Doctors Perform Wrong Procedure on Woman's Cervix After Waiting Room Mix-Up

A report has said better measures are needed to prevent patient procedure mix-ups in the U.K. after a woman underwent an invasive procedure intended for another patient with a similar name.

The incident occurred in 2019 when a woman, referred to in the report issued Thursday as "Patient A," turned up to a gynaecological clinic for a fertility treatment assessment. Another woman, Patient B, attended at a similar time for a colposcopy—an examination of the cervix. Both women were checked in and sent to the same waiting area.

A nurse then walked in and called for Patient B using her first and last name twice but received no response. The nurse then called out again, this time just using Patient B's first name. Patient A assumed the call was for her, since she had a similar surname to Patient B's first name and because no one else had responded.

The report states the nurse and patient did go over a document outlining Patient B's details, but the two concluded the procedure was for Patient A regardless. No further formal ID checks were recorded and the procedure went ahead.

Patient A left the clinic and only found out she had received the wrong procedure after Patient B went for her appointment, and staff quickly phoned Patient A to apologize. Patient A returned to the clinic and the fertility appointment then went ahead as planned.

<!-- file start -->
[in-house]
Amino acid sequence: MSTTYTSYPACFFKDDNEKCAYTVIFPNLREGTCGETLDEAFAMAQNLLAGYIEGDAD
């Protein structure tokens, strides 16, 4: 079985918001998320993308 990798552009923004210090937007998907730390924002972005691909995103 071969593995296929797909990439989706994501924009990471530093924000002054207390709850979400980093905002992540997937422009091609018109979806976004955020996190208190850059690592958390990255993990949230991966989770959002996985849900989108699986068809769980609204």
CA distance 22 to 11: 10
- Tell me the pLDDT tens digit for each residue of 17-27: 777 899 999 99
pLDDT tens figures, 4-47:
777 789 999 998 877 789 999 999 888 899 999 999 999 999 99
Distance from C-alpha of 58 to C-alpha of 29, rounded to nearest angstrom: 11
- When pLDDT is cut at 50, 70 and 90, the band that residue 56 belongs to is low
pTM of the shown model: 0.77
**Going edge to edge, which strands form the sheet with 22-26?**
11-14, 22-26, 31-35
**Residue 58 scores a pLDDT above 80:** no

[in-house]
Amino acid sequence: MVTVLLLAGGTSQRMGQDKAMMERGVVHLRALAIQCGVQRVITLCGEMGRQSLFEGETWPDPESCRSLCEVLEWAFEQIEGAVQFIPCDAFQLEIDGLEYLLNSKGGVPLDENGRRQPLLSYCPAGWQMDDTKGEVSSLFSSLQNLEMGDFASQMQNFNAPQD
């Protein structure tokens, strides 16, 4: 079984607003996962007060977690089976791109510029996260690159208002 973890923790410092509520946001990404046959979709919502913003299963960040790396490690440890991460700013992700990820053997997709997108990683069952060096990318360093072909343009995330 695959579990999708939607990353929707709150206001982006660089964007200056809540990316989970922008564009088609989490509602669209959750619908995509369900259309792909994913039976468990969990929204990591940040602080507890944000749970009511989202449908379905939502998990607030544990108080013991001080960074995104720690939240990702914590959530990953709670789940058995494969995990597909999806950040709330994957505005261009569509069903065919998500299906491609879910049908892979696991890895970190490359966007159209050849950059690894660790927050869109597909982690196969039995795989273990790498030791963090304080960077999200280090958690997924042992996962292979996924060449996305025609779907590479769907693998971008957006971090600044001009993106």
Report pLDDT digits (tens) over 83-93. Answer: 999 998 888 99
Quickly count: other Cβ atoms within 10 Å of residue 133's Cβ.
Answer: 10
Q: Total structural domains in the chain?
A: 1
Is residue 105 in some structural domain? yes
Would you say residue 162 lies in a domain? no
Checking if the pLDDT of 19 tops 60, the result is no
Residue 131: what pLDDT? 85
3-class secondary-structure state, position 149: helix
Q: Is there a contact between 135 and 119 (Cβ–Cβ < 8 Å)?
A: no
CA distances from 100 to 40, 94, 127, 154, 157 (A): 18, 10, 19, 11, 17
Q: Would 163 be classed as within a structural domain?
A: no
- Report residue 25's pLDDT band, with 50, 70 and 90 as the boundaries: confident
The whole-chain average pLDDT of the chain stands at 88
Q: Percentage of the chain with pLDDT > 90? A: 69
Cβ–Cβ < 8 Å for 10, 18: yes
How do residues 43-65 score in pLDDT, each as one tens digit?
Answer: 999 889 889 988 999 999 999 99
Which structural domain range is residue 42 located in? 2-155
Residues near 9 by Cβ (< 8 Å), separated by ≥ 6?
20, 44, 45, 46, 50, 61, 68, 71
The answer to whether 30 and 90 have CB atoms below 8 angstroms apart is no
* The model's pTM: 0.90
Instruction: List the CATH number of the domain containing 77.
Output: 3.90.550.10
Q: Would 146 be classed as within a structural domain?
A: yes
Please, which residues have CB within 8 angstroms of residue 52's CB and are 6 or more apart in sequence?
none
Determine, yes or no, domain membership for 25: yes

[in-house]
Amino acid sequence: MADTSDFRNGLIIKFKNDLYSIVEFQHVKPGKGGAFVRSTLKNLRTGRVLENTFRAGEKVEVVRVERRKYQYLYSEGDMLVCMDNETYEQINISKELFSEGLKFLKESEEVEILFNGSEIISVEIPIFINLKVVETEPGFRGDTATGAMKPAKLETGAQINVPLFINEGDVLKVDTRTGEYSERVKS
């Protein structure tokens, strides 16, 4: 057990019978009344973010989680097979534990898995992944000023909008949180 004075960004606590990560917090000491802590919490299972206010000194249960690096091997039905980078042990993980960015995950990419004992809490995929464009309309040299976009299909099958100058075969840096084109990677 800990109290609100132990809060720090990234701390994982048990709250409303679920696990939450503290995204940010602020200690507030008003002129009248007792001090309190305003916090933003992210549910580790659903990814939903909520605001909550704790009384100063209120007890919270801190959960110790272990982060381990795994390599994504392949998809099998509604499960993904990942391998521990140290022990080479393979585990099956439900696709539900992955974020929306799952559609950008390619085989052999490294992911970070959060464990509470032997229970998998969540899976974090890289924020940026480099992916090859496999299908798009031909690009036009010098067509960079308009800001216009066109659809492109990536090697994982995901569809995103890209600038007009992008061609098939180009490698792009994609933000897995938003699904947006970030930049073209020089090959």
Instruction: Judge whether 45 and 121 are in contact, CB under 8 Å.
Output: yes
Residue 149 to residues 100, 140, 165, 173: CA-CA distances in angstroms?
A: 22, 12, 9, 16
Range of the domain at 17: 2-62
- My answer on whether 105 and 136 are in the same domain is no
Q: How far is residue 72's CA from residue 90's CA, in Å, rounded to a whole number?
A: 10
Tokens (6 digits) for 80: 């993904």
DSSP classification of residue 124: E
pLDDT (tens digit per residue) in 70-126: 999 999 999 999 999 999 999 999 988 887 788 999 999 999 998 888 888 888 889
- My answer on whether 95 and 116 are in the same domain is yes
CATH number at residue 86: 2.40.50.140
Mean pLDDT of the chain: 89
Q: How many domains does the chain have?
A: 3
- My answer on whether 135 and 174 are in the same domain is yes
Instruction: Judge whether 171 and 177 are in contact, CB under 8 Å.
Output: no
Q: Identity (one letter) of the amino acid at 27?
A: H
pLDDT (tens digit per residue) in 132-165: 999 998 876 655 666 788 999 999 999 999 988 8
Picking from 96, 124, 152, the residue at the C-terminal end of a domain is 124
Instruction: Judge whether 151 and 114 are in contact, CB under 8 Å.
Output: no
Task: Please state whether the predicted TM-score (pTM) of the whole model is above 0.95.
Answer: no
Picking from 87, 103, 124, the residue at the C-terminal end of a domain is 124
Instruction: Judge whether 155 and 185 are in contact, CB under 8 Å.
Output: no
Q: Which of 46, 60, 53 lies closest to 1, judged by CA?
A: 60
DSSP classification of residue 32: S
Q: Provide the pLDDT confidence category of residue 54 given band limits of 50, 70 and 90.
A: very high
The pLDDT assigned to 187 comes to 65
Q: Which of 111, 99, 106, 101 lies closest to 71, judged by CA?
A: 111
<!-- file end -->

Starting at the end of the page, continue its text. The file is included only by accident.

The UK's Healthcare Safety Investigation Branch (HSIB) said the incident was a trigger for a national investigation into existing safety controls and factors that contribute to the risk of patient misidentification.

HSIB said such incidents are "not widely reported" and little data on the scale of the issue exists despite outpatient appointments rising from 54 million to 94 million over the past decade.

It recommended that the U.K.'s National Health Service (NHS) in England should review risks associated with patient identification and identify ways to reduce these risks.

Dr. Sean Weaver, deputy medical director at HSIB, said in a statement: "Any invasive procedure carried out incorrectly has the potential to lead to serious physical and psychological harm and erode trust in the NHS.

"In our case, the patient told us she was so distressed after the incident that she did not want to pursue her fertility treatment.

"The safety recommendation we have made is there to encourage cohesive and effective changes at a national level, to reduce the risk of misidentification, and ensure the right patient receives the right procedure."

A spokesperson for the NHS told Newsweek: "These events are fortunately extremely rare and the NHS is currently undertaking its own review of incidents as hospitals rightly continue to prioritise patient safety."

This article has been updated to include a statement from the NHS.

NHS nurse
A National Health Service nurse pictured in Birmingham, U.K., in March 2010. A woman in the U.K. underwent an invasive procedure intended for another patient. Christopher Furlong/Getty